Furthermore, we counted the absolute number of gold particles found for every group of 10 synapses (n = 10 for each hemisphere of each animal). The particles found in each of the following regions were counted separately (see Fig. 1A): “within terminals,” “within pre- and postsynaptic area,” “near PSDs,” and “within spines.” In addition, all gold particles found within the synaptic profile were tallied together in an inclusive category, “within total synaptic area.”
For the select pool of “non-tilted” synapses only, the gold particles were categorized according to more specific positions (see Fig. 1B). We used the same mutually exclusive categories as we did for labeled synapse counts: “within terminals,” “at/near presynaptic membranes,” “at clefts,” “at PSDs,” “near PSDs,” and “within spines.” The inclusive category of “within postsynaptic area” was calculated as the sum of gold counts in the “at cleft” and “at PSD” categories. The values in the “within pre- and postsynaptic area” category were calculated by taking the sum of gold counts in the “postsynaptic” and “at/near presynaptic membranes” categories. “Within total synaptic area” category represented all gold particles found in all areas of the synaptic profile.
In all analyses, average number of synapse or gold counts for every group of 10 synapses, and their S.E.M., were calculated. In order to determine the significance of d-APV-induced changes in synaptic NR2B distribution, we used a two-tailed Student’s t-test assuming unequal variances, identifying within-animal interhemispheric differences. The significance level was set at P<0.05.
A subset of micrographs used for NR2B labeling analysis was also used to assess whether the d-APV application caused changes in the overall antigenicity of NR2B subunits. The minimum number of micrographs used was nine per hemisphere per animal. All gold particles, present anywhere in the neuropil, were counted, and the average number of particles per unit area (26.60 µm) was calculated for treated and control neuropil. The two-tailed Student’s t-test’ was used to assess significance of differences.
The cortex beneath the craniotomy site was indented slightly. The dents were present on both experimental and control hemispheres. Light microscopic inspection of Nissl-stained sections of these regions showed compressed cell bodies but there were no noticeably unhealthy cells, blood clots, or tissue tearing. Using the EM, at a magnification of 25,000×, we observed zones of neuropil containing swollen dendrites and mitochondria immediately adjacent to the duratomy site (ca 100 µm). We collected data from regions that were as close as possible to the duratomy site and yet free of such signatures of metabolic stress.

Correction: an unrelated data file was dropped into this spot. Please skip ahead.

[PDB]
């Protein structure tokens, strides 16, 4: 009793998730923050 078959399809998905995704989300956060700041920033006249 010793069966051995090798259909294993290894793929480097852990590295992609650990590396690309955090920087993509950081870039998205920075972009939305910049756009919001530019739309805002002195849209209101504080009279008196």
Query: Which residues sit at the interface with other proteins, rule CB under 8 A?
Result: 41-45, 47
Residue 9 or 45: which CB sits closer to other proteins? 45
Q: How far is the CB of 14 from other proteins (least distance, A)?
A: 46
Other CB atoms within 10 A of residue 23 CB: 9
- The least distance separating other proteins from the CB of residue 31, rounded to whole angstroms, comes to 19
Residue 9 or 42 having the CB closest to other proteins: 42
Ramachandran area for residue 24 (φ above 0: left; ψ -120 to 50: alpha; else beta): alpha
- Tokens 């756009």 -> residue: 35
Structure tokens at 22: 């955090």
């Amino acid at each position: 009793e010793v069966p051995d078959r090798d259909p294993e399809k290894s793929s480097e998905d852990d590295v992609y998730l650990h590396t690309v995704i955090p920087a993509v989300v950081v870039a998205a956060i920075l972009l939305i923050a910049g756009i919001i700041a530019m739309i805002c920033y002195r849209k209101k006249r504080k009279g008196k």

In four out of five animals analyzed, the total area of layer I required to encounter 100 synapses was slightly less for the d-APV-treated region, indicating a slight increase in the areal density of synapses (Fig. 2). In only one animal (#52699-2) was this difference statistically significant (two-tailed t-test, P<0.05). For quantification of changes in NR2B labeling, analyses were normalized to the number of synapses encountered rather than the area surveyed, so that the measurement would be independent of spine density changes.
All detailed counts and analysis of NR2B immunolabeling was conducted within layer I. It has been shown that layer I contains more synapses with NMDA receptors than deeper layers (Aoki et al., 1994); therefore, we predicted that a great amount of synapses would be affected by the d-APV application in this layer. Earlier published work (Aoki et al., 2003) showed that, indeed, the effect of d-APV upon NR2A subunits is restricted to layer I during the first 2 h of surface application of the drug. Pilot studies revealed that d-APV-induced changes in NR2B distribution also were restricted to the upper-most layer (Figs. 2, ,44 and and5).5). We interpret this result as the inability of d-APV to diffuse into deeper layers within the treatment duration (30–120 min.). Due to the high concentration of NMDA-receptor containing profiles in layer I, it is possible that synapses in this layer are highly responsive to d-APV application when compared with synapses in other layers.
Immuno-gold NR2B labeling was present at synapses, as well as within the cytoplasm of postsynaptic spine and presynaptic terminal. Fig. 3 contains examples of representative synapses that we encountered.
Within a region deemed suitable for analysis, systematic sweeps of the neuropil were made under the EM. From each hemisphere of all five animals, 10 groups of 10 synapses (total of 100 synapses) from Layer I were analyzed in the order encountered so as to maintain unbiased sampling.
For each group of 10 synapses, we allocated the synapses into one or more of following categories (Fig. 1a): having one or more gold particles anywhere “within terminals,” “near PSDs,” “within spines,” “within pre- and postsynaptic area,” and also having one or more particles anywhere “within total synaptic area” (Table 2). For all of the animals analyzed (n=5), the d-APV treated hemisphere showed less synaptic profiles with gold particles when compared with the l-APV treated side (Fig. 4; column E in Table 2). In three animals, the difference reached statistical significance (two-tailed t-test; P<0.05).